FAO-USAID, Gov't Address Emerging Pandemic Threat in Indonesia

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  • FAO Representative in Indonesia Stephen Rudgard, Director General of Livestock and animal health Services Ministry of Agriculture I Ketut Dyarmita and Deputy mission Director Ryan Washburn exchanges souvenir as a symbol for a strong collaboration and partnership.

    FAO Representative in Indonesia Stephen Rudgard, Director General of Livestock and animal health Services Ministry of Agriculture I Ketut Dyarmita and Deputy mission Director Ryan Washburn exchanges souvenir as a symbol for a strong collaboration and partnership.

    TEMPO.CO, Jakarta - The United States Agency for International Development (USAID) and the United Nations Food and Agriculture Organization (FAO) is celebrating four years of cooperation in fighting global zoonotic diseases (transmitted from animals to humans or vice versa) and Emerging Infectious Diseases (EIDs) together with the Ministry of Agriculture Directorate General of Livestock and Animal Health Services. Since 2016, the Emerging Pandemic Threats or EPT-2 program has supported the Government to minimize and control threats to Indonesia’s health security. The celebration takes place in Jakarta today, September 12.

    This collaboration promotes the inter-disciplinary and cross-sectoral One Health (OH) approach to zoonotic disease prevention and control, whereby different sectors work together for optimal health outcomes. The program aims to prevent, detect and respond to zoonotic diseases and EIDS threats through the Agriculture Ministry's collaboration with several related ministries and agencies i.e. the Ministry of Health, the Ministry of Environment and Forestry, the Ministry of Internal Affairs, the National Disaster Management Agency (BNPB), veterinary and medical professional organizations, universities, and international agencies such as FAO and the World Health Organization (WHO). Coordination of the EPT-2 program was provided by the Coordinating Ministry of Human Development and Culture (Kemenko PMK).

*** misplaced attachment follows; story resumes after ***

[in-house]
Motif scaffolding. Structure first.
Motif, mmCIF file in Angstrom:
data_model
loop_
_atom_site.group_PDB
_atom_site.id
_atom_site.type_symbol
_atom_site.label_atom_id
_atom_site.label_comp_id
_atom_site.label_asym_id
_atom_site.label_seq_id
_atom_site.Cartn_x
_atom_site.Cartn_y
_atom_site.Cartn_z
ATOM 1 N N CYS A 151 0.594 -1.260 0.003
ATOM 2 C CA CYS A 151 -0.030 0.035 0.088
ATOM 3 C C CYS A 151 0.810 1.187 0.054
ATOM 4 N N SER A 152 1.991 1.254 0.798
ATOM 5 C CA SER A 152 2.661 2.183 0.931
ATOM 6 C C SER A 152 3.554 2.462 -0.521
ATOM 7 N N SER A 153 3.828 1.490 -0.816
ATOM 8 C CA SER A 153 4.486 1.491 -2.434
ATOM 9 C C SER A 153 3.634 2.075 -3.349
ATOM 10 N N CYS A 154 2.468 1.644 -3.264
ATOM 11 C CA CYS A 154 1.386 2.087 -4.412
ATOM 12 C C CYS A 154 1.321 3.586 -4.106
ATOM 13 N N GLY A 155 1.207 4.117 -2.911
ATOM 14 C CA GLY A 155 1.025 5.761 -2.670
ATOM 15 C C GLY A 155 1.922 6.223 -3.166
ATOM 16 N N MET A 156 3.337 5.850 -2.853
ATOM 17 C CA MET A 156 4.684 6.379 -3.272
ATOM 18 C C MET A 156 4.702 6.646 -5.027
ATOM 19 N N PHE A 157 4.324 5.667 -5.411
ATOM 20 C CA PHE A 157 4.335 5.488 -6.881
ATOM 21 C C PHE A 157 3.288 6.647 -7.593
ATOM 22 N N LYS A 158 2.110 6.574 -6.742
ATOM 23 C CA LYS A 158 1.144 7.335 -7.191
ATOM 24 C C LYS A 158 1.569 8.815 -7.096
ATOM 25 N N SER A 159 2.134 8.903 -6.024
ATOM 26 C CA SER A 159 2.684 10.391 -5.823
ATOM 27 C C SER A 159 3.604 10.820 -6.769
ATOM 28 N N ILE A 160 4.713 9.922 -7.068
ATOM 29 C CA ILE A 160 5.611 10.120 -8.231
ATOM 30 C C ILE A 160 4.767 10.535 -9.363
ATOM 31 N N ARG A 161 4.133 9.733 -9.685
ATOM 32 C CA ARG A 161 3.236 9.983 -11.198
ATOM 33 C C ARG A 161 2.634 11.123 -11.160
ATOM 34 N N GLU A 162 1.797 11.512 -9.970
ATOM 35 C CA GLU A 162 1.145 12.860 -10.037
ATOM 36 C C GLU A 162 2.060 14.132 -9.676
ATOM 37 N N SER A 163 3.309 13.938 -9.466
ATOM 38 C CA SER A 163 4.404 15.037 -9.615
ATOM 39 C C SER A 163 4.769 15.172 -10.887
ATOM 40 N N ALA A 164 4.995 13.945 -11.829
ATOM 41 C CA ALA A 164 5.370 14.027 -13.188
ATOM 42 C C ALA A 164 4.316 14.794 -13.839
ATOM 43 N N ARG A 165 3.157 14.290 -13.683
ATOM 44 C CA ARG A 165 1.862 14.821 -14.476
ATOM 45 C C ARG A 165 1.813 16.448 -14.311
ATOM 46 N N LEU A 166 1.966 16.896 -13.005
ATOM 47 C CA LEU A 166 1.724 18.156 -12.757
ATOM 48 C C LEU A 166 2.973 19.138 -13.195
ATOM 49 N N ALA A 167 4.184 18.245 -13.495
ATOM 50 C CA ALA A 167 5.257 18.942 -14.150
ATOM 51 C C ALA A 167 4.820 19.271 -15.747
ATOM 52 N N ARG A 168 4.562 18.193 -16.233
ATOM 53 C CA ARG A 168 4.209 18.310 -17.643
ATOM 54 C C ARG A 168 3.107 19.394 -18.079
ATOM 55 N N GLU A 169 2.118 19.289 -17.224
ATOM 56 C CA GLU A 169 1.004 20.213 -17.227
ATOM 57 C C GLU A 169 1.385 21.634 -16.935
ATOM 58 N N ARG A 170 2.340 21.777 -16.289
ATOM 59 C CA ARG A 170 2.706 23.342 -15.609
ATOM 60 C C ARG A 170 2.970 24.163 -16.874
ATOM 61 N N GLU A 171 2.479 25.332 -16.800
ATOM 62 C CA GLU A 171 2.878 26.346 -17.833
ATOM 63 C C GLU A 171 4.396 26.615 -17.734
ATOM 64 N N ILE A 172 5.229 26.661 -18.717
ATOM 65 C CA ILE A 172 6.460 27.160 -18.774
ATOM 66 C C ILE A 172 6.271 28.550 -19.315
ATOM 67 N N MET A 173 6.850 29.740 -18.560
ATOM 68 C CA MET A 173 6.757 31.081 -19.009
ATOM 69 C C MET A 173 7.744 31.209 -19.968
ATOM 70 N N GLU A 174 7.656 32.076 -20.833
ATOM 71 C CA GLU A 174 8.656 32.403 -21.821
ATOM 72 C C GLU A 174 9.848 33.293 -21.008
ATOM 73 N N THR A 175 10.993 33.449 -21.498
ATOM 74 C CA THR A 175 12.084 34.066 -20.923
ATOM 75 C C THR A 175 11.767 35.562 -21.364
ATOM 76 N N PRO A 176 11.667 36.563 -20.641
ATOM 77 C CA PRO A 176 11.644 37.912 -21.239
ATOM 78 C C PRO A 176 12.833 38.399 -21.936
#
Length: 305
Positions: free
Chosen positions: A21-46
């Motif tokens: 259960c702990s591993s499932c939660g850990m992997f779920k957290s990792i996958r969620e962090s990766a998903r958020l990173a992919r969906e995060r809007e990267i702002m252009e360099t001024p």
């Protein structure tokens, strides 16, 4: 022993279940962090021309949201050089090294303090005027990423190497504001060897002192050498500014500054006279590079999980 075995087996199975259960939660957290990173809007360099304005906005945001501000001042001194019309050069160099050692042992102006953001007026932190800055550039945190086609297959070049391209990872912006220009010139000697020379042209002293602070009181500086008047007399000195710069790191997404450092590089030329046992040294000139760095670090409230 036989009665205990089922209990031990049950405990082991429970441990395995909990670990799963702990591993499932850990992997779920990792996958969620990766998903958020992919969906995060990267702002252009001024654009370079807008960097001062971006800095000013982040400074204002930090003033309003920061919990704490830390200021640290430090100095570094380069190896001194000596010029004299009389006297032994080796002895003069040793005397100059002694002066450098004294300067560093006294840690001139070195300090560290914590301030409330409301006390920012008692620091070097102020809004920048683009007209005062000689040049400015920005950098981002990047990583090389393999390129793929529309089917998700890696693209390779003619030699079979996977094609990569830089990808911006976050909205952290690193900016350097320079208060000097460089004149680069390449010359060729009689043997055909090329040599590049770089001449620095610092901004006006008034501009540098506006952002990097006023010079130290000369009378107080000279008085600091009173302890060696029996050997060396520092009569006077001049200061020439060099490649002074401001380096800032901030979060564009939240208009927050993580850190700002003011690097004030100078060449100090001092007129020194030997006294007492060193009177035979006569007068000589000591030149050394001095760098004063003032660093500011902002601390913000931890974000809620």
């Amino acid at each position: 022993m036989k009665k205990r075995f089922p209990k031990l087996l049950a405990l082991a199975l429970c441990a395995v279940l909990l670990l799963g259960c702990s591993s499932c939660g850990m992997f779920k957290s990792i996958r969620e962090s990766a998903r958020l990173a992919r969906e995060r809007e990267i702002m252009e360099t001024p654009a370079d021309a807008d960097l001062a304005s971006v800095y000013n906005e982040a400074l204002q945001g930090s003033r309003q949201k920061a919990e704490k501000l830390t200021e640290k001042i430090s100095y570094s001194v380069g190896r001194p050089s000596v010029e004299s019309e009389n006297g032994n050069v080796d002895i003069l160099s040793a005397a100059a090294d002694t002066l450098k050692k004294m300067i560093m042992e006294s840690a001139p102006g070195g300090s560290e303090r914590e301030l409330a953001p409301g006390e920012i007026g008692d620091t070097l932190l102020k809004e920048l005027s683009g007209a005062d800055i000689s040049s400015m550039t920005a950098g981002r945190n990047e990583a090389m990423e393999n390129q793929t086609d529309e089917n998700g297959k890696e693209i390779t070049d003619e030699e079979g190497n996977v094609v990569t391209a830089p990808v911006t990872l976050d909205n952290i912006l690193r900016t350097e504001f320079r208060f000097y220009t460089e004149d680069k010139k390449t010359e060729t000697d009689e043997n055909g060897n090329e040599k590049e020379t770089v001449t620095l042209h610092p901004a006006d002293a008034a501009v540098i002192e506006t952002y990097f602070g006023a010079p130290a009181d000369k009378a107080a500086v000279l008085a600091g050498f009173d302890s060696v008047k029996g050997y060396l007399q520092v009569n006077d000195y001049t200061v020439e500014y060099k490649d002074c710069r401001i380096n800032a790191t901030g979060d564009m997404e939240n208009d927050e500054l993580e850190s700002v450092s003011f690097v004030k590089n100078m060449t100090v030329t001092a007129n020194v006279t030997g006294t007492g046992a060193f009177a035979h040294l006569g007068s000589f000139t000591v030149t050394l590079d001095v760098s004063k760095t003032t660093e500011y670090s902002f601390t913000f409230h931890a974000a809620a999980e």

The main target of collaboration between USAID, FAO and the Agriculture Ministry was the prevention of Highly Pathogenic Avian Influenza virus (HPAIv) that severely affected Indonesia between 2003 and 2014, when 167 people and around 16.2 million poultry died. This made Indonesia the country with the largest number of human and animal deaths in the world with a total estimated loss of more than US$400 million.

    Stephen Rudgard, FAO Representative in Indonesia, states that Indonesia is a successful example of prevention, detection and response to global health threats from zoonotic and emerging diseases by initiating and institutionalizing cross-sectoral cooperation using the One Health approach.

    "The success of Indonesia in dealing with the threat of zoonoses and EID has also received great attention from the Government, especially the President, with the issuance of Presidential Instruction No. 4/2019 which mandates the improvement of capacity to prevent, detect and respond to epidemic diseases, global pandemics, and nuclear, biological and chemical emergencies," said Rudgard today.

    The Agriculture Ministry-FAO cross-sectoral collaboration on zoonotic disease prevention and control has been implemented through the Emerging Pandemic Threats (EPT-2) program in partnership with USAID.

    The Ministry welcomed the significant work achievements realized during the past four years.

    "The results of our collaboration with the USAID/FAO EPT-2 program, include a significant decrease in highly pathogenic avian influenza (AI) cases, both in humans and poultry, increased capability of the ministry's epidemiologists to detect zoonotic diseases, and increased cross-ministry engagement in controlling emerging diseases in the field," said I Ketut Diarmita, Director General of Livestock and Animal Health Services, Ministry of Agriculture.

    Deputy Mission Director Ryan Washburn acknowledged the Government of Indonesia for the important steps it has taken to implement the One Health approach consistently.

    “The U.S. Government through USAID has partnered for over 13 years to advance Indonesia’s self-reliance in disease control and prevention. While Indonesia continues to remain a disease hotspot in the region, its commitment to implementing a One Health approach is leading to improvements in its prevention, detection, and response capabilities. We are proud to reflect on these successes in light of the 70th anniversary of U.S.-Indonesia relations,” Ryan explained.

    FAO's Stephen Rudgard hopes that the Ministry of Agriculture and related Ministries, partners, universities, and international organizations will expand the existing EPT-2 project work in the future to ensure the prevention and control of zoonoses and EIDS in Indonesia, thus protecting health and livelihoods.

    FAO | TEMPO